Phil: It strikes me that for you, doing this show on a regular basis, it's work, but the kids go in there thinking it's gonna be a blast. I'm wondering if it was as much fun for them as they might have thought it would be, or if in actuality it was work for them, too.
Elaine: No, that time we're on the air goes fast, and the only ones who may have been dragging a little bit would have been the real young ones. Jack said you have to be five or six to get on, but some of the mothers would want them on even younger. But even there we would cover, because Jack had a song called "The Sit Song," and they'd sit and Jack would have the camera pan them. That would give them a break. Did you ever tell him about the two drums, Jack? God, we had more fights with those two drums. He had two great big giant drums, and that would raise two kids up over the others. Well, there's only so much time on each one, getting on this drum … I mean, it was a catastrophe sometimes, the fights just to get on the darn drums! That's one of the things we heard even years and years later: "I was on your show, and I was on the drums." They would come on there so wound up, and the time always went fast, and I enjoyed working with the kids. It was fun. There were five million and one problems, but after a while, no matter what would come up you'd never panic anymore, you'd know you just gotta work through it.
Phil: I had been a contestant on a kid's show in New York when I was about seven or eight [a wild, four-hours-every-Sunday-morning program called Wonderama, which was much later devolved into the nationally syndicated Kids Are People, Too], and I remember there being a ton of free stuff that sponsors would line up for the studio audience, all sorts of food and soda and toys. Did your program have any similar kinds of giveaways for the kids?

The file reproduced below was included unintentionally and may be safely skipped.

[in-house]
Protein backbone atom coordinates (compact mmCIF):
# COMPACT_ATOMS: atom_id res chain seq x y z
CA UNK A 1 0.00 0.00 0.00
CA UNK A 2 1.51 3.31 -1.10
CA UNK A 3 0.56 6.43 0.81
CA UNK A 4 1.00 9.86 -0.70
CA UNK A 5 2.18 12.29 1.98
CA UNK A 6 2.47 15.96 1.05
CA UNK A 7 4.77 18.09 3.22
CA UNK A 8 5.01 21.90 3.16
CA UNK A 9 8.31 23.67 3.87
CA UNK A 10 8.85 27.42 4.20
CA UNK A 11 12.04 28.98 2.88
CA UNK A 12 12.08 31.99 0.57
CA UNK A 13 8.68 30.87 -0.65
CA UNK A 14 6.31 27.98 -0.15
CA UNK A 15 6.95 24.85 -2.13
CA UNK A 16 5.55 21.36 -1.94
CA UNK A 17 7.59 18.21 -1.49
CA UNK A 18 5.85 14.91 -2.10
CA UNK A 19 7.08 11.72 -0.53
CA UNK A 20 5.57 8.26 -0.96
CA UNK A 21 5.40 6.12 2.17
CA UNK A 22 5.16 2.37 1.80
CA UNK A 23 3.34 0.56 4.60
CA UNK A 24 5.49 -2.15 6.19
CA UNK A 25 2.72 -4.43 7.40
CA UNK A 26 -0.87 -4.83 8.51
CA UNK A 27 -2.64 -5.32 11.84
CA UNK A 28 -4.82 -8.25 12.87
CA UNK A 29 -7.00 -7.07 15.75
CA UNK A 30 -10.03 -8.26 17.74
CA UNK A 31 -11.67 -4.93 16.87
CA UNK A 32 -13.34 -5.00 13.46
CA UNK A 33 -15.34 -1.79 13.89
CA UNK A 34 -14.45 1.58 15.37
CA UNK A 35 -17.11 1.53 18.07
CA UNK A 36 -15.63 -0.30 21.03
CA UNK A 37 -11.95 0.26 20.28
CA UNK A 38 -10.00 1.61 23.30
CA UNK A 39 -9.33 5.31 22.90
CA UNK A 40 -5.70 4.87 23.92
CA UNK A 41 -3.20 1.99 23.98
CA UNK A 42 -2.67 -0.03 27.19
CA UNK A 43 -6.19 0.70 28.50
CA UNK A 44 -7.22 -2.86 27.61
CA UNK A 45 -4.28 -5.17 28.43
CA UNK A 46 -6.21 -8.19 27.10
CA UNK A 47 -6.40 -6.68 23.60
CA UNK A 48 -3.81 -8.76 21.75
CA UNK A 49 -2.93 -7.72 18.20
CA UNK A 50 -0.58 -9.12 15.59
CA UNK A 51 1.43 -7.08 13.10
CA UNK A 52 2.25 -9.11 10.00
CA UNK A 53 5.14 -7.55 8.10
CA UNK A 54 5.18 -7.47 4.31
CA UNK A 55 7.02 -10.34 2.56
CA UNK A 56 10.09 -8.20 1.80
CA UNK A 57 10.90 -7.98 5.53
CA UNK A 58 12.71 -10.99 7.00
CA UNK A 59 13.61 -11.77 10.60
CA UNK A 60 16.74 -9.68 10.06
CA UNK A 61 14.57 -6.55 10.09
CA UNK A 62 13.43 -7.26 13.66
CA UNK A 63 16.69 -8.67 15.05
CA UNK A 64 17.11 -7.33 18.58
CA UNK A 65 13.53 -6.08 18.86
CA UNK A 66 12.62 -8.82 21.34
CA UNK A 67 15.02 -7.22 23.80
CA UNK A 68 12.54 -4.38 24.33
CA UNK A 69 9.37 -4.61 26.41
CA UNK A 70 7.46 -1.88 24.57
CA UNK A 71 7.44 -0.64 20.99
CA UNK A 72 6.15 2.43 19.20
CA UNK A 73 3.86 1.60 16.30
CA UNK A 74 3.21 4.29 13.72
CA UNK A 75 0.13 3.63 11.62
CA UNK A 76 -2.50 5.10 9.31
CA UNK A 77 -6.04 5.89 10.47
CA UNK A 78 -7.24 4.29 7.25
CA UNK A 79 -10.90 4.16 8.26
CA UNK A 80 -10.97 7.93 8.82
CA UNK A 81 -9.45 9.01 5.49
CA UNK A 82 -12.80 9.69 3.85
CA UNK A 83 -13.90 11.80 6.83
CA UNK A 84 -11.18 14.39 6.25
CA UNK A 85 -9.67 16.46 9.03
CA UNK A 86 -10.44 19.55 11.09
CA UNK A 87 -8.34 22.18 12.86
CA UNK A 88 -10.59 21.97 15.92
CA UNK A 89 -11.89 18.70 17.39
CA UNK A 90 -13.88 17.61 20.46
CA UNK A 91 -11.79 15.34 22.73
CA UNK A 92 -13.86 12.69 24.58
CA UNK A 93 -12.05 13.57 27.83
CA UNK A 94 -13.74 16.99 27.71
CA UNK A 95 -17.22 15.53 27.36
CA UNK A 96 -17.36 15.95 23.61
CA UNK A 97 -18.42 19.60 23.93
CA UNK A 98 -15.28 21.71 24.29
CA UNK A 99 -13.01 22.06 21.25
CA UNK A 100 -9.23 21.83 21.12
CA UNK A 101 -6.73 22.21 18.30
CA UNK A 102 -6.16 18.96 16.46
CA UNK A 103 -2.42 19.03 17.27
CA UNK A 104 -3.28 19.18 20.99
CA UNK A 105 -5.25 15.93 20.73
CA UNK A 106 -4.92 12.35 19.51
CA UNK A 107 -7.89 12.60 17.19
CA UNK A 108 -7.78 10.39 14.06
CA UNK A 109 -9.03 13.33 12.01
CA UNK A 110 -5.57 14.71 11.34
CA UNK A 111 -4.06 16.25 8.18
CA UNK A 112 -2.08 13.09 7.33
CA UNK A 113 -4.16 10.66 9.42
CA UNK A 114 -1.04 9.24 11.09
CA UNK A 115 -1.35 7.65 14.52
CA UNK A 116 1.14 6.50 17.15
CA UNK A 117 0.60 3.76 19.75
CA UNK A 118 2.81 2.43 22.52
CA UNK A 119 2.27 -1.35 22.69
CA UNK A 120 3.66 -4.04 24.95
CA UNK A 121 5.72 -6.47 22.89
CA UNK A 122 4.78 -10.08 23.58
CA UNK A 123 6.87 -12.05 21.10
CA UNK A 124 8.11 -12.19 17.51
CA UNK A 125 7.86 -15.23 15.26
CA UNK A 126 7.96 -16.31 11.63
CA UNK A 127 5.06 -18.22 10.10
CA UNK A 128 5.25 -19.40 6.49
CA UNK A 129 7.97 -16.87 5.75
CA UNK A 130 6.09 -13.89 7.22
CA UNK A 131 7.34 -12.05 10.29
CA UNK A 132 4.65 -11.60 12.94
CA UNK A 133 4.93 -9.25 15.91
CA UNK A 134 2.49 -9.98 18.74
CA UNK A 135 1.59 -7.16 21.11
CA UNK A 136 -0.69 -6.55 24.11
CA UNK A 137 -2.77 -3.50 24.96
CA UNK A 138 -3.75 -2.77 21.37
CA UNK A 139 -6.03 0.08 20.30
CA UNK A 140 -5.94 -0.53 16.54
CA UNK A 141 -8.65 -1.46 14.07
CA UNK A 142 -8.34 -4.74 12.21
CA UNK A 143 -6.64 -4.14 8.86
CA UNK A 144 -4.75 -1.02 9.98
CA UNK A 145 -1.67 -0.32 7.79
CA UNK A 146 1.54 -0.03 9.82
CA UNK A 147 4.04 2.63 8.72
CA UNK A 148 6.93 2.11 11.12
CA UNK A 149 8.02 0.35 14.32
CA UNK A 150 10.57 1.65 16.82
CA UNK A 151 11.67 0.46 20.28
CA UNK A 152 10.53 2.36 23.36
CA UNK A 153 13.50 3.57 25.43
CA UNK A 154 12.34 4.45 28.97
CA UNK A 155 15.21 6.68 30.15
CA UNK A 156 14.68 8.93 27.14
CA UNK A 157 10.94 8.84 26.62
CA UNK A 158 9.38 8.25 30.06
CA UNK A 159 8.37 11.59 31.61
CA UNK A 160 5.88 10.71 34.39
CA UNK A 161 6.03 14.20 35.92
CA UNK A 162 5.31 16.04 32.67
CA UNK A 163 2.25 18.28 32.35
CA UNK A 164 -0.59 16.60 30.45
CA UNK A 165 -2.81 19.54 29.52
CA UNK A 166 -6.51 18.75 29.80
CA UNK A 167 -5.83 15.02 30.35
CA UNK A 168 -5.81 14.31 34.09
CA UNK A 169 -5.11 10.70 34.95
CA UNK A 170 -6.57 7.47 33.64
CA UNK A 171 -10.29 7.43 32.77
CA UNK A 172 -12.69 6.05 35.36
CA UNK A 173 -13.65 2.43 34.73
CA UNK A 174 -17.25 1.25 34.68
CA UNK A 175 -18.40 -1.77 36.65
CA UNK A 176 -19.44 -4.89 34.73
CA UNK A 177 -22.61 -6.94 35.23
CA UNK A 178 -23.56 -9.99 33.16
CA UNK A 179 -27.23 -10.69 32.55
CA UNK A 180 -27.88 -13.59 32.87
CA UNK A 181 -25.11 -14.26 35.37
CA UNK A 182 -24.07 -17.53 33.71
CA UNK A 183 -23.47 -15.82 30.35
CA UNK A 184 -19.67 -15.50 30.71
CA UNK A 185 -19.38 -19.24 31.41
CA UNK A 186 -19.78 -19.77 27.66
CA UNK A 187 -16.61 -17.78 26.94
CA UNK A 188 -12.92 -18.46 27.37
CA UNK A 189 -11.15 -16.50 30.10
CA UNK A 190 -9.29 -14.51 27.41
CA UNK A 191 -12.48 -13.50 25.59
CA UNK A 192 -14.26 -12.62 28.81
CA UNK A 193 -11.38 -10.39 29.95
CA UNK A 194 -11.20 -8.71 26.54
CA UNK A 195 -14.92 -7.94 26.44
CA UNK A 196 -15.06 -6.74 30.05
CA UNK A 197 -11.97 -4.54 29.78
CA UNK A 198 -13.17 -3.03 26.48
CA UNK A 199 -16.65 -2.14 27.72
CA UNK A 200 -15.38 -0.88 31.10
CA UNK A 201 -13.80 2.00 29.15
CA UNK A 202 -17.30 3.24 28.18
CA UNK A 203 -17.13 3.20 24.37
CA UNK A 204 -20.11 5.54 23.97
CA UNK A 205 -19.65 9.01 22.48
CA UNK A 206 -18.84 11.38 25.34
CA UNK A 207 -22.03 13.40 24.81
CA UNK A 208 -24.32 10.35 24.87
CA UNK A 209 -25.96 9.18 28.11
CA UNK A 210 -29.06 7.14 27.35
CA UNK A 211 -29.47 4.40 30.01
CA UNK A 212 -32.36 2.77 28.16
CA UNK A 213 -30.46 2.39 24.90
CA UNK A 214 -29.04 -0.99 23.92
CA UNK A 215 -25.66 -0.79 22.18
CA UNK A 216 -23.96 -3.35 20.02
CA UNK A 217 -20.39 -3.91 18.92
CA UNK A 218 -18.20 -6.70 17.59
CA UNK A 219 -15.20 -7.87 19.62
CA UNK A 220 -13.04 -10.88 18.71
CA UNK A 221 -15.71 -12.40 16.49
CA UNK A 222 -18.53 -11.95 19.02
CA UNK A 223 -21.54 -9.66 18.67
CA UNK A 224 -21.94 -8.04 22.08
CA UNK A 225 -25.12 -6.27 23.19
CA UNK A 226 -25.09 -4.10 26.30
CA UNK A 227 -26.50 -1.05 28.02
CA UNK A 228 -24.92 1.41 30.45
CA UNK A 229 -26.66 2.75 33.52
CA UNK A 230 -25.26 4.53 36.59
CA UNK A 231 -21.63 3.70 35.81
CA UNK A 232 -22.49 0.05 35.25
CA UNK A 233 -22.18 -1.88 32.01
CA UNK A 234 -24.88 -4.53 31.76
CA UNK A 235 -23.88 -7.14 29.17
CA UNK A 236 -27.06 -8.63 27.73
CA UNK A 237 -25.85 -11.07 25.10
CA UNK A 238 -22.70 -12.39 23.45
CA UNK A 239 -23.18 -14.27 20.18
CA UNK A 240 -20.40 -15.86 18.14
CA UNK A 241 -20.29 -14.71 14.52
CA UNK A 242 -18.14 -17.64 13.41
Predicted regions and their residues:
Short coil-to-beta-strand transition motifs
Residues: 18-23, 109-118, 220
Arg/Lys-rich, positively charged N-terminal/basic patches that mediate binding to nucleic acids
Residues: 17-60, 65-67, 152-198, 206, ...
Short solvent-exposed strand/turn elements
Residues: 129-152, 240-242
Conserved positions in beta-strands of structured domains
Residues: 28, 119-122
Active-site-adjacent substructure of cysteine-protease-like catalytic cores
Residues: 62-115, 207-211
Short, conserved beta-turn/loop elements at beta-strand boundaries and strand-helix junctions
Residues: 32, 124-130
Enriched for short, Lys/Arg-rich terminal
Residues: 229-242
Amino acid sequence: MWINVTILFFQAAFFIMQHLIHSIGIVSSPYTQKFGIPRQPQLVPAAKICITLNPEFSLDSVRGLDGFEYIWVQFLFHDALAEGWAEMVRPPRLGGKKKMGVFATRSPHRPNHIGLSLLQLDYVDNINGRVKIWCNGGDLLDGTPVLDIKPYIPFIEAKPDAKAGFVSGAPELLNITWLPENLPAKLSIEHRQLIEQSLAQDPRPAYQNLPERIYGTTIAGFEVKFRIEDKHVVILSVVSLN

Elaine: Oh, yeah. Jack's a White Castle fanatic, so we had them on. About 5,000 White Castles every day. I was never very big on them, but eventually even Jack said, "You reach a point …" I mean, every day they'd be at the door for the audience. Well, our audience number varied. Some days you'd be over and some days you'd be under. We didn't know, and sometimes there'd be White Castles up one wall and down the other! There was a lot of other stuff, especially when we were at 'GN and WLS. Central Grocers would give each kid a goodie bag.
Phil: Would you get meats when Mickelberry was a sponsor?
Jack: No, we didn't give away that. We gave a lot of records, though. I think a lot of them would be collectors' items today. When we were at 26 we gave away several hundred Three Stooges 45s, with pictures of them on there, singing "Happy Birthday." We could sell them now for $20 or $25 apiece.
Phil: Would all of your musical guests be lip-syncing, or did any of them sing live?
Jack: All lip-sync.
Phil: How did you contract with the bands that played your shows? Would they be groups that were on tour and passing through Chicago, or were they mostly local acts?
Jack: The record companies got them for us. Capitol, Mercury, etc. were very happy with us, and we got along great. We ran all kinds of contests: win a lunch with the 4 Seasons, or win it with Lesley Gore. We got Glen Campbell, Roger Miller … there really was no outlet for some of them to go on but our show. Mercury's main office was here in Chicago at the time. John Sippel was their head of promotions, and he and I had a great rapport.
Phil: When the show was 90 minutes long, would the act come on more than once in the program?
Jack: It depended on what their mood was. Roger Miller would do only one song, some would do two or three and enjoy the show. It depended on who the person or group was. The 4 Seasons came back on a lot. And then - I wish like heck I had held onto these - some groups, such as The Cowsills, would send in their film clips. I remember splicing all of them together at one point and it made up an hour reel.
Phil: Were all of your programs shot in black-and-white?
Jack: Ironically enough, the WGN show was in color, but when we went to Channel 26, they were the last station locally to go color, so the later shows were in black-and-white.
Phil: Howie [Samuelsohn, a former cameraman for the show who put me in touch with the Mulqueens] told me the cameras were left over from the Eisenhower inauguration, although I forgot to ask which Eisenhower inauguration.
Jack: I believe it. We had everything from Burger King to Wonder Bread on our show, but some of the sponsors were saying to me on the side, "Look, Mulqueen, when you get on another station we'll come back."